Cardiovascular function in normotensive offspring of persons with essential hypertension and black race.
Prior investigations have shown impaired endothelial function in hypertensive blacks when compared with whites. It is not clear, however, whether the difference in vascular responsiveness predates or follows the development of hypertension. Thirty-nine young black adults with a family history of essential hypertension and 41 control participants were studied for brachial artery reactivity and carotid intima-media thickness via ultrasonography, cardiac muscle mass and diastolic function by echocardiography, and biochemical analysis. There was no significant difference in brachial artery reactivity between the study groups, although women had greater reactivity than men (P=.05). Carotid intima-media thickness, left ventricular geometry, and biomarkers were equivalent between the study groups (P=not significant). Vascular imaging and biomarkers were unable to identify early evidence of endothelial dysfunction in offspring of African Americans with essential hypertension. These same studies demonstrated some early changes in vascular function based on sex.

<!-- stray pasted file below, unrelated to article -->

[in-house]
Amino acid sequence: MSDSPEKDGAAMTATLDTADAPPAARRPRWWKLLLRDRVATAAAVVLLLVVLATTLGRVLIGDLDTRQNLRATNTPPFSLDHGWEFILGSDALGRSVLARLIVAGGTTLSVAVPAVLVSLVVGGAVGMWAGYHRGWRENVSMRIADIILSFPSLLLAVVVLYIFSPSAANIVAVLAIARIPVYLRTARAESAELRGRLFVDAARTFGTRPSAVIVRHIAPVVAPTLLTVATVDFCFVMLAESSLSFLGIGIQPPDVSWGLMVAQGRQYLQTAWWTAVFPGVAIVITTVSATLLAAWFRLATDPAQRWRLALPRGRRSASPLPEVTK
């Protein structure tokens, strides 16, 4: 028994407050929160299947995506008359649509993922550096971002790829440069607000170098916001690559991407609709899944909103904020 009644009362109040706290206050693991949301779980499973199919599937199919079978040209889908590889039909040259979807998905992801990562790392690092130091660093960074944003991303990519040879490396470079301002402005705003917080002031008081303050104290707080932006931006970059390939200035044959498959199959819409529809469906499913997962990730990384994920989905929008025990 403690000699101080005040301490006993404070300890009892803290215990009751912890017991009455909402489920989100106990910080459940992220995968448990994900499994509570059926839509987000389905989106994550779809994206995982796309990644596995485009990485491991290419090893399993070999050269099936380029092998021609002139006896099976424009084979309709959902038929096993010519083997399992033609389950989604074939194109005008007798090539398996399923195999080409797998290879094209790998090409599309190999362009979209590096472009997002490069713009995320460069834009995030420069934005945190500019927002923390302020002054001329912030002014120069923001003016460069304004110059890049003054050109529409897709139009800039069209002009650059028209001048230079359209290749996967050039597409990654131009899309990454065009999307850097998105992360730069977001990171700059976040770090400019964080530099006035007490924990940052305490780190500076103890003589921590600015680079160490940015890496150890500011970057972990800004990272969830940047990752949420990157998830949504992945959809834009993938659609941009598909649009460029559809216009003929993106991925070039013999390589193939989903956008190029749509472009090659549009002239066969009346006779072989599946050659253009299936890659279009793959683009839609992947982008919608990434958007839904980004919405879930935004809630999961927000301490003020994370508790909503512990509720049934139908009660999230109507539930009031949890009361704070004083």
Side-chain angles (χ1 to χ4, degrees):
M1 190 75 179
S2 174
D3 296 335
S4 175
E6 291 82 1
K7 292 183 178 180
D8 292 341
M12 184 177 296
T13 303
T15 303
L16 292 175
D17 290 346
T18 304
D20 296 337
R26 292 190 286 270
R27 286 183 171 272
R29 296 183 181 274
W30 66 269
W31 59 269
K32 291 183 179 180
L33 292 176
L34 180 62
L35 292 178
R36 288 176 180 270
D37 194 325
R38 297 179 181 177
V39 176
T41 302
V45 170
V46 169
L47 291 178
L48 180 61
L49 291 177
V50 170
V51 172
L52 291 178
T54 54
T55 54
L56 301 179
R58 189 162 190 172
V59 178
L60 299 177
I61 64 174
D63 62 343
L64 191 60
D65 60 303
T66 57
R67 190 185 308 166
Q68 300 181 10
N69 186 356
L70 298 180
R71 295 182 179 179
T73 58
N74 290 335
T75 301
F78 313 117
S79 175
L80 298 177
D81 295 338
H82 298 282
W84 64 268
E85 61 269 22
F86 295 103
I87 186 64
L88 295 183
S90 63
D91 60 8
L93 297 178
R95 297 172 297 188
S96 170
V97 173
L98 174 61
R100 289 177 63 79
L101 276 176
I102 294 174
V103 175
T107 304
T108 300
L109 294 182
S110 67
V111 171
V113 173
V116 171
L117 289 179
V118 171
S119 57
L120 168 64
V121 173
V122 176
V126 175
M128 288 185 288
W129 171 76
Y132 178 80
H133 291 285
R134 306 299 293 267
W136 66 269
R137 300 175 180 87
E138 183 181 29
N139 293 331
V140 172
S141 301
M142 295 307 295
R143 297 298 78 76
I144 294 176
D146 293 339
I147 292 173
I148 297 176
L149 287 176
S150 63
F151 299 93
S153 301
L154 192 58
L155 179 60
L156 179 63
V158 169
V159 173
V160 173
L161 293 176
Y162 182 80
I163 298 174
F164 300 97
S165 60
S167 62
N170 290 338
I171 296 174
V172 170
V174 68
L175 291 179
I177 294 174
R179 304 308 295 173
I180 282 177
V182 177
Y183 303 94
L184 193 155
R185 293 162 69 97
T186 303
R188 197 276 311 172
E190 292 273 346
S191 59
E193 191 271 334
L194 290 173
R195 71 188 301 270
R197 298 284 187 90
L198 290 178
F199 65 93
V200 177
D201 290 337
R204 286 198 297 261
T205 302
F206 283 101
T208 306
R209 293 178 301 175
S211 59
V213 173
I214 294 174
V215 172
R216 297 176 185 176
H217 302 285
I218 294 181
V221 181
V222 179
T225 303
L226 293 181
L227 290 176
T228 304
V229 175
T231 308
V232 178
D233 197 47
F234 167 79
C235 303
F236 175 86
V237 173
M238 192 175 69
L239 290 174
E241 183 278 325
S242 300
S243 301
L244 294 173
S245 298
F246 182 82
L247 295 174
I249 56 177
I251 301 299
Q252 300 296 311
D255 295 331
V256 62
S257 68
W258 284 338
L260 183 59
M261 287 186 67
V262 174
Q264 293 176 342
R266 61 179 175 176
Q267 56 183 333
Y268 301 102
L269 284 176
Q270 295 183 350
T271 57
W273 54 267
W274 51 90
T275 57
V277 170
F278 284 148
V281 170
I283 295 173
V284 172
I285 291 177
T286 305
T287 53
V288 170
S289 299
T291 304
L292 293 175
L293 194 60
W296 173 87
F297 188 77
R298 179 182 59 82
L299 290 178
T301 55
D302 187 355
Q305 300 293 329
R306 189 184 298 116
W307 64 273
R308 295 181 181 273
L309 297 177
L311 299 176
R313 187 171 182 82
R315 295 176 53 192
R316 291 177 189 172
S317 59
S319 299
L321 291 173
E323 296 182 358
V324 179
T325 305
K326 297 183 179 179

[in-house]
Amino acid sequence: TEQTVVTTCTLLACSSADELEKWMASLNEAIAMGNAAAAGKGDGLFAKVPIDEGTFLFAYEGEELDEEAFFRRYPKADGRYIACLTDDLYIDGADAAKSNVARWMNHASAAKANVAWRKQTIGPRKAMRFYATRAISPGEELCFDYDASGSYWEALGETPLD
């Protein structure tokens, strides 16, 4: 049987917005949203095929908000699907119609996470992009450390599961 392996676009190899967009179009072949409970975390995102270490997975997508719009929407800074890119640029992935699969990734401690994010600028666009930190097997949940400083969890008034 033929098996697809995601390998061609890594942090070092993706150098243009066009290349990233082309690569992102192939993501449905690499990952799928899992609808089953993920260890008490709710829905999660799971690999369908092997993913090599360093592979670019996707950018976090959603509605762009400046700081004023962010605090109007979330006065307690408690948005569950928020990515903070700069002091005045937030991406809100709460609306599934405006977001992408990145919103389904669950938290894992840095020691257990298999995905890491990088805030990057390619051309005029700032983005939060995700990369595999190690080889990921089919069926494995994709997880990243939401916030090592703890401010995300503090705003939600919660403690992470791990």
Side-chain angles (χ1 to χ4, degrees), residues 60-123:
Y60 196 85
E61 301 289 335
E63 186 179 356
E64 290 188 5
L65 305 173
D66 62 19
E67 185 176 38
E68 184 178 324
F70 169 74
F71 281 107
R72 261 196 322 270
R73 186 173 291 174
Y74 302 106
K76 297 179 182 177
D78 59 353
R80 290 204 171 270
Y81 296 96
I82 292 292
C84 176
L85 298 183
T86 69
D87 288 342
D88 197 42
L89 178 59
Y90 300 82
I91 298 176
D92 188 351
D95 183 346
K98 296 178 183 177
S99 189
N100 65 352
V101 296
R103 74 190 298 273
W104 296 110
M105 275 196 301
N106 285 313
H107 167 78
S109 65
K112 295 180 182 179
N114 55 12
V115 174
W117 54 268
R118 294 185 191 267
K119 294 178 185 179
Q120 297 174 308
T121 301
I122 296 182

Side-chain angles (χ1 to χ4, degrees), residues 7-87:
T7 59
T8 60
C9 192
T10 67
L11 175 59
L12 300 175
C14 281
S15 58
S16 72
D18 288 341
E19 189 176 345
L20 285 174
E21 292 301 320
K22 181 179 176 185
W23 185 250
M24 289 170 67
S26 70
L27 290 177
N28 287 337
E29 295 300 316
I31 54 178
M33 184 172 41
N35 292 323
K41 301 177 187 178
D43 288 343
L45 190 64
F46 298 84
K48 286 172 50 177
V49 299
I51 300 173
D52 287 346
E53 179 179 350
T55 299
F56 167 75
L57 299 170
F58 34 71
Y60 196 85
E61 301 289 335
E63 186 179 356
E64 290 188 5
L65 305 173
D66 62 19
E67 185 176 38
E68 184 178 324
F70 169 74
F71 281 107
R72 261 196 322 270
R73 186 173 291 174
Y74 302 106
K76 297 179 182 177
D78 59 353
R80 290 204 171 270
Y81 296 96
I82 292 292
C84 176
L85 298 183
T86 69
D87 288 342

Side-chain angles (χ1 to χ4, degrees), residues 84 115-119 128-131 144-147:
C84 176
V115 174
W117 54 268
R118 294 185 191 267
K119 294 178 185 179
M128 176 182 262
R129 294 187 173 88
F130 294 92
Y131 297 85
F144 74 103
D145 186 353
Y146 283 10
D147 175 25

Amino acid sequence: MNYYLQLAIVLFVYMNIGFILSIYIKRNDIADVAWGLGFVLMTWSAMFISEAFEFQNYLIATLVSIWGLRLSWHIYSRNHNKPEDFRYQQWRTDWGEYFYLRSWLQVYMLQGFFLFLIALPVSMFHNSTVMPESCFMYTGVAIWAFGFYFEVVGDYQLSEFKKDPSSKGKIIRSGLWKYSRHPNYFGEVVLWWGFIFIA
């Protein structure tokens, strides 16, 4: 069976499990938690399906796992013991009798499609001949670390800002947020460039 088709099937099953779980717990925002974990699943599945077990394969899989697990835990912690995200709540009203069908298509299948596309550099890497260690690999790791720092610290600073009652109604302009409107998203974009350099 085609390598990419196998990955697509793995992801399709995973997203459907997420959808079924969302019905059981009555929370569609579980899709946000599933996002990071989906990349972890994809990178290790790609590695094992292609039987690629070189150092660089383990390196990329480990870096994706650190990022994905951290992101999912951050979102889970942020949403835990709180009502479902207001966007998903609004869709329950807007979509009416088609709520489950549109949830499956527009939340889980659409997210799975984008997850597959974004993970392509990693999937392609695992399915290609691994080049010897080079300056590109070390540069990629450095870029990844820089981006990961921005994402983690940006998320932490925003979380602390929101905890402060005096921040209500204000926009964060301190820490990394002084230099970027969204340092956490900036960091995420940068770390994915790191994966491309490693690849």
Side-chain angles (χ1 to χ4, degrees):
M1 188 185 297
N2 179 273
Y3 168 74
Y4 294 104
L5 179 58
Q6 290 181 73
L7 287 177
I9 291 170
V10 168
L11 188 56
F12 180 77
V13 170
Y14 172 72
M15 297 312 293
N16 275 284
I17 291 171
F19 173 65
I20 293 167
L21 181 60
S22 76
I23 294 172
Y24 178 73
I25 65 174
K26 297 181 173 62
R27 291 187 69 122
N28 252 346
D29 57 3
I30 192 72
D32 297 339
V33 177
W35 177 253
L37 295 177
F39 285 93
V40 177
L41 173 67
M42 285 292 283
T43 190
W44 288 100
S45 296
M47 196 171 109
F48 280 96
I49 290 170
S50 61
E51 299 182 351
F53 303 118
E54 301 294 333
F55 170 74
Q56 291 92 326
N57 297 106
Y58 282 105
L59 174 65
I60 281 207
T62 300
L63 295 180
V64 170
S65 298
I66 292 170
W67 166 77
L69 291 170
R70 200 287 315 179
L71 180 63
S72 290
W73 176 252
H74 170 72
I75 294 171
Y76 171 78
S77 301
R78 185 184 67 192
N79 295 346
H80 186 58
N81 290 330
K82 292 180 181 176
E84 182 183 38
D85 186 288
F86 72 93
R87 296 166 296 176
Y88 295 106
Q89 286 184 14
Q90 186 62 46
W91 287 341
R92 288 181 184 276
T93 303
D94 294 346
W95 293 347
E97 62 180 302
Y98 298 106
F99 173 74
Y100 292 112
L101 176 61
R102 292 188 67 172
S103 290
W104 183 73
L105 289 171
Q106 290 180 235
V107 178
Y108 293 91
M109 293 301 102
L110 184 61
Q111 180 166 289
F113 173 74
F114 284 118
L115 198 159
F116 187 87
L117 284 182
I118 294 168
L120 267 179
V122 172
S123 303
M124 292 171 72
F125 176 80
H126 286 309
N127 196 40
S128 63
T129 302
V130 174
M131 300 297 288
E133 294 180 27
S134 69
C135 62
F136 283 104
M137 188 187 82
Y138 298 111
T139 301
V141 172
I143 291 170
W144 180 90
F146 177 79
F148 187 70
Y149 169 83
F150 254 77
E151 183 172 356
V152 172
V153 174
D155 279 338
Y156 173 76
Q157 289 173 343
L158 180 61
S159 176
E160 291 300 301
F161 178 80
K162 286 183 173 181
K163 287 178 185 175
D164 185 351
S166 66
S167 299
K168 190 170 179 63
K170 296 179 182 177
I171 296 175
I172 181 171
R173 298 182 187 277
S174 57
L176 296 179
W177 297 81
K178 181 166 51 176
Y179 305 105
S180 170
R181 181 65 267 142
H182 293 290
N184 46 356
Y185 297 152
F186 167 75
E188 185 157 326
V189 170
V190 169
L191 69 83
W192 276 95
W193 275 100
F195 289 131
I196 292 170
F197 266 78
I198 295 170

Mohler, ER; O'Hare, K; Darze, ES; Townsend, RR; Bridges, CR; Keane, MG
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